Most developers are familiar with the standard markup language of our modern web, HyperText Markup Language (HTML). However, you may be less familiar with Accessible Rich Internet Applications (ARIA) (formally called WAI-ARIA): what it is, how it is used, and when—and when not—to use it.

HTML and ARIA play important roles in making digital products accessible, especially when it comes to assistive technology (AT) such as screen readers. Both are used to convert content into an alternate format, such as Braille or Text-to-Speech (TTS).

Let's review a short history of ARIA, why it is important, and when and how best to use it.

Introduction to ARIA

ARIA was first developed in 2008 by the Web Accessibility Initiative (WAI) group—a subset of the overarching World Wide Web Consortium (W3C), which governs and regulates the internet.

ARIA is not a true programming language but a set of attributes you can add to HTML elements to increase their accessibility. These attributes communicate role, state, and property to assistive technologies via accessibility APIs found in modern browsers. This communication happens through the accessibility tree.

"WAI-ARIA, the Accessible Rich Internet Applications Suite, defines a way to make web content and web applications more accessible to people with disabilities. It especially helps with dynamic content and advanced user interface controls developed with HTML, JavaScript, and related technologies."

The WAI group

The accessibility tree

ARIA modifies incorrect or incomplete code to create a better experience for those using AT by changing, exposing, and augmenting parts of the accessibility tree.

The accessibility tree is created by the browser and based on the standard Document Object Model (DOM) tree. Like the DOM tree, the accessibility tree contains objects representing all the markup elements, attributes, and text nodes. The accessibility tree is also used by platform-specific accessibility APIs to provide a representation that assistive technologies can understand.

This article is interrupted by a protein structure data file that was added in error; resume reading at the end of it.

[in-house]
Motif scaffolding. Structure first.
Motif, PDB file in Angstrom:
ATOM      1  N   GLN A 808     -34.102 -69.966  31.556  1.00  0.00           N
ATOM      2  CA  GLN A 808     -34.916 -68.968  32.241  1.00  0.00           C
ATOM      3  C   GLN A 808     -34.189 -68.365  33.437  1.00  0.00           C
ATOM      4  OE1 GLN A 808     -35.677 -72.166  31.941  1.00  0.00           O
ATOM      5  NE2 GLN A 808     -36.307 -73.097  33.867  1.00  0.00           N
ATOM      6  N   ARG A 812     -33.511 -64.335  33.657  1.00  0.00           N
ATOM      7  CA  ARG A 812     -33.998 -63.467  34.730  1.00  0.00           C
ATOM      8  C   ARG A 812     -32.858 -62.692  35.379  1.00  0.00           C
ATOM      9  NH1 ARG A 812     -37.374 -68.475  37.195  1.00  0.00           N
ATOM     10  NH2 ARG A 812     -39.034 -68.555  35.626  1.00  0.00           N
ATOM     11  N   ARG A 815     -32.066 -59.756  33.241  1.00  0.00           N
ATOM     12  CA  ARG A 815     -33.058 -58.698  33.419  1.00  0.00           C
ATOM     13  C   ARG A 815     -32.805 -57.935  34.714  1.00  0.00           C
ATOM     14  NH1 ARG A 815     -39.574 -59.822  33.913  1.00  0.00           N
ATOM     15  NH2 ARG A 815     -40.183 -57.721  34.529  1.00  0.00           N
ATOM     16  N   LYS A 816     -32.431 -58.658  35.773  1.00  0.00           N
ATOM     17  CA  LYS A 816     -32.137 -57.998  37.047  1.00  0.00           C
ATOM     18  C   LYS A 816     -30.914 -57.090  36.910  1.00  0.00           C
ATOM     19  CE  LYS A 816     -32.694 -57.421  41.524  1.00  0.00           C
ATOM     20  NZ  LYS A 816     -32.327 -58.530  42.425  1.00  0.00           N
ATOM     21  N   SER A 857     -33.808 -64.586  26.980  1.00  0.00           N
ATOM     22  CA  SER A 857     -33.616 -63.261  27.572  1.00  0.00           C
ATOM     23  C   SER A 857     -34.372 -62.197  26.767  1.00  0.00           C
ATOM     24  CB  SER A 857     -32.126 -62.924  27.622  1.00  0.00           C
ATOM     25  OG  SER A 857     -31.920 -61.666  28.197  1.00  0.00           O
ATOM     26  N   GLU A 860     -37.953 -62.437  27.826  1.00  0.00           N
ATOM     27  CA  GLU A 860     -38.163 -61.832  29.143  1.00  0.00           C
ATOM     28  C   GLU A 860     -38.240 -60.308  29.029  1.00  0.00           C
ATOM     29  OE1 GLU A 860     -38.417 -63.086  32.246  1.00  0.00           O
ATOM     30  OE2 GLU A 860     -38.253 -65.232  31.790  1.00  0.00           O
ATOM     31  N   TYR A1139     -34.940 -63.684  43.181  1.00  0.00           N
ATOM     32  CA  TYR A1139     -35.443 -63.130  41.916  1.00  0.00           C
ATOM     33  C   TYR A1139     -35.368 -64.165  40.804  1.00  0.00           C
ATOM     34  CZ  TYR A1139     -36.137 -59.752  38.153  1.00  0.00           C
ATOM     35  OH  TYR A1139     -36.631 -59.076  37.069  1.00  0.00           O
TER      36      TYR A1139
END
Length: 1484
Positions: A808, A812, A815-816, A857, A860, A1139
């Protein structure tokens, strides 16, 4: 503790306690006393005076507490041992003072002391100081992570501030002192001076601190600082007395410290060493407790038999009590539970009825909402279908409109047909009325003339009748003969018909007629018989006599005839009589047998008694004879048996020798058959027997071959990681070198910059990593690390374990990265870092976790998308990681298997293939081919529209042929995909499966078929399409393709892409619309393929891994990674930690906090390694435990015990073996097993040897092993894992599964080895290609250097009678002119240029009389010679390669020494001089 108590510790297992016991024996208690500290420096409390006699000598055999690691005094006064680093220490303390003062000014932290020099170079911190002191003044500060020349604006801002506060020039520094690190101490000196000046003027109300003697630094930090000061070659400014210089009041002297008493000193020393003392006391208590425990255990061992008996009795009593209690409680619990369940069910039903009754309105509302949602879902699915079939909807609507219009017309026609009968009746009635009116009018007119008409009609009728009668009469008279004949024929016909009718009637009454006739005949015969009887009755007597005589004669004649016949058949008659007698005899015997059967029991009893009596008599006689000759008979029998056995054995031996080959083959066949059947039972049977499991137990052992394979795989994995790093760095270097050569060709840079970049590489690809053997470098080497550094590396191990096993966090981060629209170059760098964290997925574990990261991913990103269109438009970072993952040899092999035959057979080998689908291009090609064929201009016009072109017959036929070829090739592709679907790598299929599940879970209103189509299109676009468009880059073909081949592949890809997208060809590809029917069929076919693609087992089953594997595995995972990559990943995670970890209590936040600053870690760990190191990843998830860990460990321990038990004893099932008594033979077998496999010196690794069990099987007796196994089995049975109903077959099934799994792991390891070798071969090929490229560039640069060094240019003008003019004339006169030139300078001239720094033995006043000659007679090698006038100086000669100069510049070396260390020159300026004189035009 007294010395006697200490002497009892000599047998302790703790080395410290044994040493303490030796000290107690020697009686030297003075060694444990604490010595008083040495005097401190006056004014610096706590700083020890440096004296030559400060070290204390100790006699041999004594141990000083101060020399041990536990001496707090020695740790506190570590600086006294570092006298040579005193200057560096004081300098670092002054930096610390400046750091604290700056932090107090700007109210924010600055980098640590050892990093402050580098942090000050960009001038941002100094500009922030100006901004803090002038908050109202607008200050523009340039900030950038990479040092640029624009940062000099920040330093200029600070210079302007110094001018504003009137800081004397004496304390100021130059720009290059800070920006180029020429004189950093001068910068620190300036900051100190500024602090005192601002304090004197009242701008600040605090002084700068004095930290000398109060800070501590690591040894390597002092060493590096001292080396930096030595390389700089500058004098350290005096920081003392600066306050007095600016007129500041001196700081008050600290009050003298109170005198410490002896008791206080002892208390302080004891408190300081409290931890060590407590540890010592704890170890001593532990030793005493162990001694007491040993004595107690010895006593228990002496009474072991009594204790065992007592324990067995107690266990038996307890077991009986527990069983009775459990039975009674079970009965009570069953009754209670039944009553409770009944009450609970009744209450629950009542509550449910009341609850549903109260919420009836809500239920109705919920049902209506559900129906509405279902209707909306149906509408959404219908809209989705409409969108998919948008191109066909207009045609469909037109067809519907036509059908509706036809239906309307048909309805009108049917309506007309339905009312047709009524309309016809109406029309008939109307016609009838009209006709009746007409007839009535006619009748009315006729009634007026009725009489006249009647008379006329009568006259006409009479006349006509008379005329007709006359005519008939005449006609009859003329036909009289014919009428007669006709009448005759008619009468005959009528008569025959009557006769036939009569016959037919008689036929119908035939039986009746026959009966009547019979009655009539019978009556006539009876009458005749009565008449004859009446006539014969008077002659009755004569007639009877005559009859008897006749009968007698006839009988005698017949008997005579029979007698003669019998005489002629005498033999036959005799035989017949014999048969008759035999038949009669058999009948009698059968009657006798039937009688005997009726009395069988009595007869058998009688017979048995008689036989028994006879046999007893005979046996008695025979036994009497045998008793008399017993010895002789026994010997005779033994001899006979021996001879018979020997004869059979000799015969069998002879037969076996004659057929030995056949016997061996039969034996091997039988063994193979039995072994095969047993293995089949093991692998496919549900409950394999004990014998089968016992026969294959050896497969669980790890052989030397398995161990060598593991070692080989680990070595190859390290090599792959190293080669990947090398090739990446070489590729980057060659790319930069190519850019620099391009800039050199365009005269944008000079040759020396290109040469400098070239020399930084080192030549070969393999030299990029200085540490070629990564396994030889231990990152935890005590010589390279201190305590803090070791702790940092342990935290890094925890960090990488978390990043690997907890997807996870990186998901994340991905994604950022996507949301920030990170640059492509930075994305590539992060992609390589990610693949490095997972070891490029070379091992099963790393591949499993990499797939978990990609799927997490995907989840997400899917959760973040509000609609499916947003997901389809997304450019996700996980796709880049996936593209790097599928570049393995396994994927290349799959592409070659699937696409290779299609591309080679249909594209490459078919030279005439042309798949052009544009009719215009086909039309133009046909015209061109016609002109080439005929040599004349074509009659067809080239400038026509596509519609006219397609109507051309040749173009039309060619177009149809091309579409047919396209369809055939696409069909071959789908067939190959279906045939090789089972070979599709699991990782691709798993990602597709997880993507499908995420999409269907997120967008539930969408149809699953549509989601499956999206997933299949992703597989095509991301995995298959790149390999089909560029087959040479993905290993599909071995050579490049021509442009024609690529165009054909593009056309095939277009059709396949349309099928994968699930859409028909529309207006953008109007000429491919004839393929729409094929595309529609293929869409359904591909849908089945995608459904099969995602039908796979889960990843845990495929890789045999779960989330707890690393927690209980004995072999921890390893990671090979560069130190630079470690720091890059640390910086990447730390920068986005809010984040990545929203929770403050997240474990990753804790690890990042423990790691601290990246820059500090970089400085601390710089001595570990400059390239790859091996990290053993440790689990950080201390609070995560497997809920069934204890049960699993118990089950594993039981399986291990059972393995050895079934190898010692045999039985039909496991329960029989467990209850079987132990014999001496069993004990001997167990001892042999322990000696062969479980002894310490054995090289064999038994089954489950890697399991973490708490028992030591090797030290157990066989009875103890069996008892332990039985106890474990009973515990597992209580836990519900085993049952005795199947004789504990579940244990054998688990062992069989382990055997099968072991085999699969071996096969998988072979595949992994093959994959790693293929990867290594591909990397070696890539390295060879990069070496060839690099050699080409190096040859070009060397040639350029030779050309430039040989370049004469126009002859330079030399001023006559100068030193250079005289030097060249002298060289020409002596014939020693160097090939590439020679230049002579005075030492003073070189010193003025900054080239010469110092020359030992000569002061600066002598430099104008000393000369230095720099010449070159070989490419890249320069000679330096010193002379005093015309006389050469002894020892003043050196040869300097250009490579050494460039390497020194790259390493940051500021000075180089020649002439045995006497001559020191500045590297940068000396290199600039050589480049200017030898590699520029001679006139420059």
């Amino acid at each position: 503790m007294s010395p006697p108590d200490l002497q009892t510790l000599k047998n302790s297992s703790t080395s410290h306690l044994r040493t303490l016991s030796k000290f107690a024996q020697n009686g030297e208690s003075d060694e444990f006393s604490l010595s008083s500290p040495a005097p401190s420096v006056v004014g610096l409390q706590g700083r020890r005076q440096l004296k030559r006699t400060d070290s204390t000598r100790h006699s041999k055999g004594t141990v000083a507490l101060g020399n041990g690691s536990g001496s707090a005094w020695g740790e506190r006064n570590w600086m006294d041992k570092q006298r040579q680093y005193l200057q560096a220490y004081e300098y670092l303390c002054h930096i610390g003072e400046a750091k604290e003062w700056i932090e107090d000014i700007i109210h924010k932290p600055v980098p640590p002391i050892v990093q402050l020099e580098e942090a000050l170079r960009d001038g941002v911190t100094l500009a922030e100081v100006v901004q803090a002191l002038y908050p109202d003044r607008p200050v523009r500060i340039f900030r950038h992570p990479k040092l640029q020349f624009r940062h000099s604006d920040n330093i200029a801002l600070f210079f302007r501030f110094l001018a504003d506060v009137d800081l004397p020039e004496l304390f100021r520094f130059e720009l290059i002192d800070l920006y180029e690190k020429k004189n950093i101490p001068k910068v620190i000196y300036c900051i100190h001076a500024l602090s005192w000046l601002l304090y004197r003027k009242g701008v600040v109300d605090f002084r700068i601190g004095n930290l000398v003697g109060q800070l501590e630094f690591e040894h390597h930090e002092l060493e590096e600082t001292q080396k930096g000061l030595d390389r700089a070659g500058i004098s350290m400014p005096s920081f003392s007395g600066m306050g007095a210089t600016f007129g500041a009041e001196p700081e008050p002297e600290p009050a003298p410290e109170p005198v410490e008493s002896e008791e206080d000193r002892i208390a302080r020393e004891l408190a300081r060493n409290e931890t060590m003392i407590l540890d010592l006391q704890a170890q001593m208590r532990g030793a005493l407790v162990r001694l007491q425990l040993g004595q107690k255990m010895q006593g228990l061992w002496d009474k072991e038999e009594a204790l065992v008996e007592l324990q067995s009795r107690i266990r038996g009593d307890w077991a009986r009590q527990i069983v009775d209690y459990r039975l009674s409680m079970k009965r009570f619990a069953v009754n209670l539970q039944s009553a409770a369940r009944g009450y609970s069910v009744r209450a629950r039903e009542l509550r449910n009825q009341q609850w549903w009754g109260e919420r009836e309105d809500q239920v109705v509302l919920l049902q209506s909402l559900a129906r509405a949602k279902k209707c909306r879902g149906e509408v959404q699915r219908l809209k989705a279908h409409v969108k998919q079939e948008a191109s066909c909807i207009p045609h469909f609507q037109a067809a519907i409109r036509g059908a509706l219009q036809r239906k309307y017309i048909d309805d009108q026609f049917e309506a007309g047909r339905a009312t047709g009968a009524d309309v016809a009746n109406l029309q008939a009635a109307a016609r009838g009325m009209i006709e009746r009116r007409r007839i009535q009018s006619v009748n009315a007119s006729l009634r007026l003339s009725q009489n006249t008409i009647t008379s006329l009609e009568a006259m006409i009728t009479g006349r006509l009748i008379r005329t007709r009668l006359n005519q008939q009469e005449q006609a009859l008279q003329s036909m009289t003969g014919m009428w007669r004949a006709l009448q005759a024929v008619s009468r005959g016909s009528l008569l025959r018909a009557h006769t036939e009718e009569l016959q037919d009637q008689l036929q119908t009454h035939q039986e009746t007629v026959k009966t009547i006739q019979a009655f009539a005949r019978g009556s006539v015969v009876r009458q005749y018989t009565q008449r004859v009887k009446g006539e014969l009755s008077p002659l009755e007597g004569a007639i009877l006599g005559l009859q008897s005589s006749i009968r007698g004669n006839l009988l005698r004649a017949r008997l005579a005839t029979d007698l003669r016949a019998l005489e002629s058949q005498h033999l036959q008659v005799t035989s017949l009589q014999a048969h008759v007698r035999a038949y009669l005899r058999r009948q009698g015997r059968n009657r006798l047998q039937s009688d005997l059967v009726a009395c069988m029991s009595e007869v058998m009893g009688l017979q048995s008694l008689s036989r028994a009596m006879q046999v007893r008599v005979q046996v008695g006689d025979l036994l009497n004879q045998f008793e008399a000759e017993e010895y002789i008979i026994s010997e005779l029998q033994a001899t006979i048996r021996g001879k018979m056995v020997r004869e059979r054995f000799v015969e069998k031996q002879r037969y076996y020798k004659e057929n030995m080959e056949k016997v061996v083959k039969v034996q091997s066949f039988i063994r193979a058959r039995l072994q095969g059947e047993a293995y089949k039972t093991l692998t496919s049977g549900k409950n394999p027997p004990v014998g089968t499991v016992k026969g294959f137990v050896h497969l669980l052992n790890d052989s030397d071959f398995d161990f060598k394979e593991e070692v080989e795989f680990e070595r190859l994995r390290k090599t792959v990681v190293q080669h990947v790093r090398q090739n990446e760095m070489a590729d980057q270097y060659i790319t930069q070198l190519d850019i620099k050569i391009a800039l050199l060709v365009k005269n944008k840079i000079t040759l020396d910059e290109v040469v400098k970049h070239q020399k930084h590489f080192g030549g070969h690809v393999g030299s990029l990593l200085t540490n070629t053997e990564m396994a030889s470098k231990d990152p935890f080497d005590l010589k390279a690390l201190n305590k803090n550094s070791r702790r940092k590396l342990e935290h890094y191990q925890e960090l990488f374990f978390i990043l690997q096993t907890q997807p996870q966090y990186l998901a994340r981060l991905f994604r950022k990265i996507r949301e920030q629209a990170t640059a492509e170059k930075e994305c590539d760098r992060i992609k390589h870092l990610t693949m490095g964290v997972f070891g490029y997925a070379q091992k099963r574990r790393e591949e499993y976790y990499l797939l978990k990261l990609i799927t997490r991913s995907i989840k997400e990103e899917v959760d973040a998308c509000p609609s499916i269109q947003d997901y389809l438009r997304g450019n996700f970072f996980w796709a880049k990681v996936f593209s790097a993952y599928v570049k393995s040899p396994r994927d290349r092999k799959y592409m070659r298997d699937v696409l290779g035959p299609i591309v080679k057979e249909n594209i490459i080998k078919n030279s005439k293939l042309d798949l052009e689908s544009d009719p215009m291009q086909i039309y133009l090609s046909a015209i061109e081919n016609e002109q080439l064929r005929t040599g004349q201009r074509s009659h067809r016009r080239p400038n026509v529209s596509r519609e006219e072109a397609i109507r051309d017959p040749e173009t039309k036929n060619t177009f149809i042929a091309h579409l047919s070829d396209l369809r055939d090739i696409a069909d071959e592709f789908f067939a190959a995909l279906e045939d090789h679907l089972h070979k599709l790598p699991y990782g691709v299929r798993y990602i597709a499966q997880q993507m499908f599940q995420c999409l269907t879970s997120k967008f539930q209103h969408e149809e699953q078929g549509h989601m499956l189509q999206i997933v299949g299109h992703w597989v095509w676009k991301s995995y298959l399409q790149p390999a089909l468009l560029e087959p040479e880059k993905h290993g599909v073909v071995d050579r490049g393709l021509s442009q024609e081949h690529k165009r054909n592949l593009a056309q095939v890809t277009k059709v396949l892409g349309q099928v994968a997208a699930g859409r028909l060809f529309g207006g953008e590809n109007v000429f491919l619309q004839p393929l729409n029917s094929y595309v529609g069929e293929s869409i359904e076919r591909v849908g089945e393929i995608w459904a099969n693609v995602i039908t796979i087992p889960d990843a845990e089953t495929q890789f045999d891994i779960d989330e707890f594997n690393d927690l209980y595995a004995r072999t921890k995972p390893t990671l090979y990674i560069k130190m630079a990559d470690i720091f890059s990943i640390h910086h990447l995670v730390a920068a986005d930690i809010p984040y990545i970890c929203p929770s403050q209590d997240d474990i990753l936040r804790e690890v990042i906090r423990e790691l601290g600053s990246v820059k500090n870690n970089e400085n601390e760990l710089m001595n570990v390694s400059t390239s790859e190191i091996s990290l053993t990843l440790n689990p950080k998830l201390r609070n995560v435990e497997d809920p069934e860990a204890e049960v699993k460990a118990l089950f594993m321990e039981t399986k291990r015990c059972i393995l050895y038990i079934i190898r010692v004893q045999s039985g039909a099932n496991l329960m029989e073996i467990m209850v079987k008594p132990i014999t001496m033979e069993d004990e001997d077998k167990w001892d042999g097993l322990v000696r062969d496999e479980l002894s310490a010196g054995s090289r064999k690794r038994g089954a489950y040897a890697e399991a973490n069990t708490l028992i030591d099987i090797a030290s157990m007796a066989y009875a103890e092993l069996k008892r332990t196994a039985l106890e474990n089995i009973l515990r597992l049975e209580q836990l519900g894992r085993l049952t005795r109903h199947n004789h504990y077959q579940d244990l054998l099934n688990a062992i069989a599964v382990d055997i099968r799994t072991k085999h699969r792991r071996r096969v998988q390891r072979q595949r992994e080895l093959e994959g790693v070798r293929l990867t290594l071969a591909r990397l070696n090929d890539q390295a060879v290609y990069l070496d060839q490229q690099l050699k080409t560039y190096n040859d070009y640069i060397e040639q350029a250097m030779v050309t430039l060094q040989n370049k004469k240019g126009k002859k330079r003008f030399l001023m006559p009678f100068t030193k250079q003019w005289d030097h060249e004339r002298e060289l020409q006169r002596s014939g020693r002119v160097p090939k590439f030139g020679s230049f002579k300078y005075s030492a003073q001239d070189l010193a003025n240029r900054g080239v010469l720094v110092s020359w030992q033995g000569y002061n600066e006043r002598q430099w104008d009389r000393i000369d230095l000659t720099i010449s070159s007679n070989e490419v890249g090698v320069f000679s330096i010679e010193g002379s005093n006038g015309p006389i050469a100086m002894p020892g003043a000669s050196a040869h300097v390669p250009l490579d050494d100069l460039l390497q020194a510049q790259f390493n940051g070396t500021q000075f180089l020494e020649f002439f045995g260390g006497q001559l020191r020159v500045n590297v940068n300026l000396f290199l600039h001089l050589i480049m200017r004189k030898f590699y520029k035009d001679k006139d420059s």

The ARIA augmented accessibility tree.

ARIA on its own doesn't change an element's functionality or visual appearance. That means only AT users will notice differences between a digital product with ARIA and one without it. That also means that developers alone are responsible for making the appropriate code and styling changes to make an element as accessible as possible.

The three main features of ARIA are roles, properties, and states/values.

Roles define what an element is or does on the page or app.

<div role="button">Self-destruct</div>

Properties express characteristics or relationships to an object.

<div role="button" aria-describedby="more-info">Self-destruct</div>

<div id="more-info">This page will self-destruct in 10 seconds.</div>

States/values define the current conditions or data values associated with the element.

<div role="button" aria-describedby="more-info" aria-pressed="false">

<div id="more-info">
  This page will self-destruct in 10 seconds.

While all three elements of ARIA can be used in one line of code, it's not required. Instead, layer ARIA roles, properties, and states/values until you've accomplished your final accessibility goal. Correctly incorporating ARIA into your code base ensures that AT users will have all the information they need to use your website, app, or other digital product successfully and equitably.

Recently, Chrome DevTools has created a way to see the full accessibility tree making it easier for developers to understand how their code impacts accessibility.

When to use ARIA

In 2014, the W3C officially published the HTML5 recommendation. With it came some big changes, including the addition of landmark elements such as <main>, <header>, <footer>, <aside>, <nav>, and attributes like hidden and required. With these new HTML5 elements and attributes, coupled with increased browser support, certain parts of ARIA are now less critical.

When the browser supports an HTML tag with an implicit role with an ARIA equivalent, there is usually no need to add ARIA to the element. However, ARIA still includes many roles, states, and properties that aren't available in any version of HTML. Those attributes remain useful for now.

This brings us to the ultimate question: When should you use ARIA? Thankfully the WAI group has developed the five rules of ARIA to help you decide how to make elements accessible.

Rule 1: Don't use ARIA

Yes, you read that right. Adding ARIA to an element does not inherently make it more accessible. The WebAIM Million annual accessibility report found that home pages with ARIA present averaged 70% more detected errors than those without ARIA, primarily due to the improper implementation of the ARIA attributes.

There are exceptions to this rule. ARIA is required when an HTML element doesn't have accessibility support. This could be because the design doesn't allow for a specific HTML element or the wanted feature/behavior isn't available in HTML. However, these situations should be scarce.